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I want to live life like I am dying. I think it is better to take risks and perhaps make some mistakes rather than to remain cautious and risk nothing. First, life would never be boring if I was always taking fun risks. An example of a fun risk I would take would be jumping off a cliff into the lake because I would not know how deep the water is. Second, any stupid risks I take that I think may have been a mistake in the first place would actually benefit me in the long run because I would learn from my mistakes.
2.3 A Panoramic View: John Stuart Mill’s Defence of Liberty John Stuart Mill makes a very necessary and significant distinction in the opening lines of his book On Liberty. He spells out legibly the theme of his essay as he indicates: “The subject of this Essay is not the so-called Liberty of the Will, so unfortunately opposed to the misnamed doctrine of Philosophical Necessity; but Civil, or Social Liberty: the nature and limits of the power which can be legitimately exercised by society over the individual.” By this statement, we could stipulate explicitly, yet briefly that, J.S. Mill’s theory of liberty has little to do with the so called argument between determinism and free will. Its focus is largely directed towards the political cum ethical mode of coexistence among human beings.
“Realm of Ends” formulation of the categorical imperative, states that we must “act in accordance with the maxims of a member giving universal laws for merely possible kingdom of ends.” (4:439) It acts as a social contract. Kant further explains it that “a rational being belongs as a member of the kingdom of ends when he gives universal laws in it but is also himself subject to those laws.” (4:434) Being subject to a law does not contradict with the concept of a rational being as an end in itself, because it is not like a slavery since it is not subject to arbitrary will. Just the opposite, since it draws central points from the first and second formulation, “the will of a member could regard itself as at the same time giving universal law through its maxim” (4:434) and no member will see another member as a mere mean.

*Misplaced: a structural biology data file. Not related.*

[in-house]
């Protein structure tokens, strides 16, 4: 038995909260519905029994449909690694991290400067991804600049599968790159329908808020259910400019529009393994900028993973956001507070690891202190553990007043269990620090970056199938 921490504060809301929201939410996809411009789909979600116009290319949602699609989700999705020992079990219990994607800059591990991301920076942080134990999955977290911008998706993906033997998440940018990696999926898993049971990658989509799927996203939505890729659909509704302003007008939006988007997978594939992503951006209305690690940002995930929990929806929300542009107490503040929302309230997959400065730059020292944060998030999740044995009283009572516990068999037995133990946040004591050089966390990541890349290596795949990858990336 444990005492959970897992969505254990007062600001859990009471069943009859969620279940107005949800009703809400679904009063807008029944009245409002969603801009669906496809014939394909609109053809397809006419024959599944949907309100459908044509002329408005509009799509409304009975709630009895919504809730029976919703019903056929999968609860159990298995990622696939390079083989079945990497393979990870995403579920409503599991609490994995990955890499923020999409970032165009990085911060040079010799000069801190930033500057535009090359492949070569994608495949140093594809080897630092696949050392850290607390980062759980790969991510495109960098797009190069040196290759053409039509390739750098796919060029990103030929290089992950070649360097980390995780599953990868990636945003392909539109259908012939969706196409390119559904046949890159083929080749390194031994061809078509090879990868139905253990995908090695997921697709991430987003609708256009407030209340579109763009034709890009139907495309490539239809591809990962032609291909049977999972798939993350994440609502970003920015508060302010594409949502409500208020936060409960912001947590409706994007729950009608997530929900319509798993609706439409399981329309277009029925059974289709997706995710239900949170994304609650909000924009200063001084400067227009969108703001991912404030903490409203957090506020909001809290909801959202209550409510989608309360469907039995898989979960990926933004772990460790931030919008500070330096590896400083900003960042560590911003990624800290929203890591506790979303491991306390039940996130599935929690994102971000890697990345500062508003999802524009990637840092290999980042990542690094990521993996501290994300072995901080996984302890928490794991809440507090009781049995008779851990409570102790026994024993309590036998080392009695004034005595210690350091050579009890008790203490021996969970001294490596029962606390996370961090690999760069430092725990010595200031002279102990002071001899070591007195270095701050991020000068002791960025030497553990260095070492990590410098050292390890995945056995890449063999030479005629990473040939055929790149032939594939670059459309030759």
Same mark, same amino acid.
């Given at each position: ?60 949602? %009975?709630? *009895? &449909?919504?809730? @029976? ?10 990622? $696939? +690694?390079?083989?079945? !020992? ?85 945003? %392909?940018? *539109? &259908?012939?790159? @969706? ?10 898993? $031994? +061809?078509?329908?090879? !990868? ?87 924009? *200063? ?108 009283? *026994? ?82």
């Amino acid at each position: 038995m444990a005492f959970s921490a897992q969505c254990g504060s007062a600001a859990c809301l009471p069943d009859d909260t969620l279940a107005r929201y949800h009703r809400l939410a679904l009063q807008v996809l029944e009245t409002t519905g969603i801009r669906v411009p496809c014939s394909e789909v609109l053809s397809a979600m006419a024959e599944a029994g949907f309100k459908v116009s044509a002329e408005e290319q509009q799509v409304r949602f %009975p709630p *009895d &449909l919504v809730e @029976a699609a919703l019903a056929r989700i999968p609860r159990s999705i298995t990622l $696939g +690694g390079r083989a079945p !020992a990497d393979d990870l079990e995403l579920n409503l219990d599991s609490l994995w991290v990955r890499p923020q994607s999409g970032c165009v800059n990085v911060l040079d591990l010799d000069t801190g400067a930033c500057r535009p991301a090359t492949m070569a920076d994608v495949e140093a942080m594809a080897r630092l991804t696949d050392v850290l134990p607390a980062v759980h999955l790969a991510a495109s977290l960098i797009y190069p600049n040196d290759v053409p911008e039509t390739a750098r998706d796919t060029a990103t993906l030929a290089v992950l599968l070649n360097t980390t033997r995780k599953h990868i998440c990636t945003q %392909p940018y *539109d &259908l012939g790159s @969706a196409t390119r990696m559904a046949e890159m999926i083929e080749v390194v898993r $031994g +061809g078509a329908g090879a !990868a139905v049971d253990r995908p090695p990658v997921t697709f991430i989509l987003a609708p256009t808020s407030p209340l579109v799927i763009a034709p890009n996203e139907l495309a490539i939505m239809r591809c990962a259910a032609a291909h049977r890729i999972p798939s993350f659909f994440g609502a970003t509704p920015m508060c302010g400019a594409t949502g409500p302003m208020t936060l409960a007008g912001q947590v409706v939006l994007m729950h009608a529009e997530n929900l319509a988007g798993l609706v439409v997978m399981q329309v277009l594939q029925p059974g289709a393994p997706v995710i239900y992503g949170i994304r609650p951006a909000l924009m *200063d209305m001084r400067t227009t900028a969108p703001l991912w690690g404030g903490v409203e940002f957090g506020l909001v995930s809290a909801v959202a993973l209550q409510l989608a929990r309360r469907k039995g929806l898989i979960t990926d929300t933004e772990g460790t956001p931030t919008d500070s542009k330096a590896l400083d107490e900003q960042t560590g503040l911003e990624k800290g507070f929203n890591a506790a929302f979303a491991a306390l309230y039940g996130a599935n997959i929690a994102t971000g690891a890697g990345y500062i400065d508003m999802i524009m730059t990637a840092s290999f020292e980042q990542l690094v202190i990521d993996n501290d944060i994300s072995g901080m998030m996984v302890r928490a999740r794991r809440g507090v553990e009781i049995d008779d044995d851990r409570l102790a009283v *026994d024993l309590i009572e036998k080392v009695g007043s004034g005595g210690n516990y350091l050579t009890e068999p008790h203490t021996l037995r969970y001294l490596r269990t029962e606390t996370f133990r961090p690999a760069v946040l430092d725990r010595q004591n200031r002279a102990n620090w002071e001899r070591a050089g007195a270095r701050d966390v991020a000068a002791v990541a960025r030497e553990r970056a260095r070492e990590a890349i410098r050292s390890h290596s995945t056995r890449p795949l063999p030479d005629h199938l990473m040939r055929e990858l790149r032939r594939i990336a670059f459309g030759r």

(Hunter, 2001, p.306) There is no exception for rational individuals in the world to escape from the law of categorical imperative. The presentation of categorical imperative is somehow like a test of morality (Hunter, 2001, p.306), rather than just a moral concept. Moral maxim is of vital necessity in the determination of morality for an action. From Kant’s view, an action can be treated as moral when it is motivated by one’s maxim, while it also suits the universal law.
If you compare the two you can see that even though they aren’t the same, in the context of theory, it gets the same meaning, as being free from oppression imposed by authority, is liberty, having liberty is being free from oppression, and therefor, throughout the paper, the world will be used as having the same meaning as different theorist use different words. John Stuart Mill is a “British philosopher, economist, moral and political theorist, and administrator, was the most influential English-speaking philosopher of the nineteenth century” (Wilson). He’s known Another person is Philip Petit, who argues for republican freedom, which is different from libertarian freedom that Mill argues for. While Mill focuses freedom on individually and state, Petit argues that pure freedom is not being controlled by anything. Comparing those two gives the conclusion
His theory conceives human rights as rights of citizens rather than of human beings. The theory is construed for a body of people who form a political society rather than the human race forming a moral community . Reality however shows that human nature is not an immutable essence but a mixture of elements and values such as possibilities, interest, power and immunities, dignity, rationality and liberty. The conflict of theories can be solved by balancing prima facie rights which are not absolute but are dealt with case by case, the balancing is to be against each other not wishing merits in terms of some different ultimate standard of value such as